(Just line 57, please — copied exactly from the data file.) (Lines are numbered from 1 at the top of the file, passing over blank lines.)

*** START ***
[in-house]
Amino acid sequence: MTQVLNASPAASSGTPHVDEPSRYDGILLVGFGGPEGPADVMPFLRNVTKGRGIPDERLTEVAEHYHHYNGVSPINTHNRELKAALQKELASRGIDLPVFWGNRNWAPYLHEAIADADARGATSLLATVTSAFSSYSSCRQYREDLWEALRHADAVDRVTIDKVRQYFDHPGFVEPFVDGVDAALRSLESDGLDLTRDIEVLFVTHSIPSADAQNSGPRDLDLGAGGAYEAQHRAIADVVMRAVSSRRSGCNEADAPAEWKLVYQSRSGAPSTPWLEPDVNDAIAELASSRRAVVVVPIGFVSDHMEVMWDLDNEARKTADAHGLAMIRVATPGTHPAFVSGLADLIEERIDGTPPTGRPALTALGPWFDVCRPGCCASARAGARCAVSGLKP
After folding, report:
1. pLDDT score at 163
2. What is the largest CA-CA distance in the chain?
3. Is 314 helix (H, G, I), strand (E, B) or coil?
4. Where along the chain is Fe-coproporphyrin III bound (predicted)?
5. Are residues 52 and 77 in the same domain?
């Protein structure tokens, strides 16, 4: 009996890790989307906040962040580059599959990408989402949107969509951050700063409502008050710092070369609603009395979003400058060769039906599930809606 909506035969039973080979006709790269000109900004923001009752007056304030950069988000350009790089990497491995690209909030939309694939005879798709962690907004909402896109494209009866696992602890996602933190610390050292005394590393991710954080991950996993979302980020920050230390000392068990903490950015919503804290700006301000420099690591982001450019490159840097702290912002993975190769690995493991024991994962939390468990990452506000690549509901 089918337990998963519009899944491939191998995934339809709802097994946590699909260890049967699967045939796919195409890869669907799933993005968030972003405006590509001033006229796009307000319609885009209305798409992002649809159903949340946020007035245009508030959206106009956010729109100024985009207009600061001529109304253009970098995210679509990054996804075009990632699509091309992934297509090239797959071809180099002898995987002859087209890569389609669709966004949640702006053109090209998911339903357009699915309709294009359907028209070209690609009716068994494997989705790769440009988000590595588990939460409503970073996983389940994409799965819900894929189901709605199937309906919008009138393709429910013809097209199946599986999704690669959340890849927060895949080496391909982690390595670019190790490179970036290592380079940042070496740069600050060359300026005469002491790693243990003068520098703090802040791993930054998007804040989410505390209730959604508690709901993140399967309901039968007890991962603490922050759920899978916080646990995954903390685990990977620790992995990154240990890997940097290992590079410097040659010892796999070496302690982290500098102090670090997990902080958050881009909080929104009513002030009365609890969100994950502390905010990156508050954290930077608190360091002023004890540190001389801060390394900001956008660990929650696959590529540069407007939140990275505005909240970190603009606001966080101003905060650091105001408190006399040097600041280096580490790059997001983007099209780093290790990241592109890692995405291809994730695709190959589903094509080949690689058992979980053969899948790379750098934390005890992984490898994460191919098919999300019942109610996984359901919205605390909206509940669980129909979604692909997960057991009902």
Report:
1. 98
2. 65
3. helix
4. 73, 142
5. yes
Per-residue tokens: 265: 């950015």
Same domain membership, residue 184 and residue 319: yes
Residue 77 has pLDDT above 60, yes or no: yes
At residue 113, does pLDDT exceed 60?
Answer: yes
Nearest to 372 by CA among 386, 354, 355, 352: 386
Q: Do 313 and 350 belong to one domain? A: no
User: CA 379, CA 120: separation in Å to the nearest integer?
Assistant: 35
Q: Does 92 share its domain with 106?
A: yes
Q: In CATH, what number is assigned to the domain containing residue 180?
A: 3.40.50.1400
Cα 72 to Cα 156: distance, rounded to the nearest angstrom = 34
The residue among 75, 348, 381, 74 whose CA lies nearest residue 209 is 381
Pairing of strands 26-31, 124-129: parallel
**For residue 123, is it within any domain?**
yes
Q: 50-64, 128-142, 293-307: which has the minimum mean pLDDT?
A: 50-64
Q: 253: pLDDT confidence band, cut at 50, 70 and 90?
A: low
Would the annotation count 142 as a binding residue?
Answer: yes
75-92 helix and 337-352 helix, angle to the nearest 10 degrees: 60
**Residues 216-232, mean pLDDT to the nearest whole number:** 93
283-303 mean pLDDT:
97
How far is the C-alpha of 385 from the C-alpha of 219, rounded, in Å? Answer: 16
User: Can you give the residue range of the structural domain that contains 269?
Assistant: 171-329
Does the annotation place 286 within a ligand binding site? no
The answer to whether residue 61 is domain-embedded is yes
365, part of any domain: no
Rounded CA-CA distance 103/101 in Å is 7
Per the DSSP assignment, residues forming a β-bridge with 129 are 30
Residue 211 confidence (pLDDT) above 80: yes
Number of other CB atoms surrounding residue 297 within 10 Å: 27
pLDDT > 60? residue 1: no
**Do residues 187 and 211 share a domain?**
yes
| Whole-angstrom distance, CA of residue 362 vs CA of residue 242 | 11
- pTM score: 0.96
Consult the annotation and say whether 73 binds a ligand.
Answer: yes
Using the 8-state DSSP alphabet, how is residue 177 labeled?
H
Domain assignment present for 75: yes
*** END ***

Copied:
| Whole-angstrom distance, CA of residue 362 vs CA of residue 242 | 11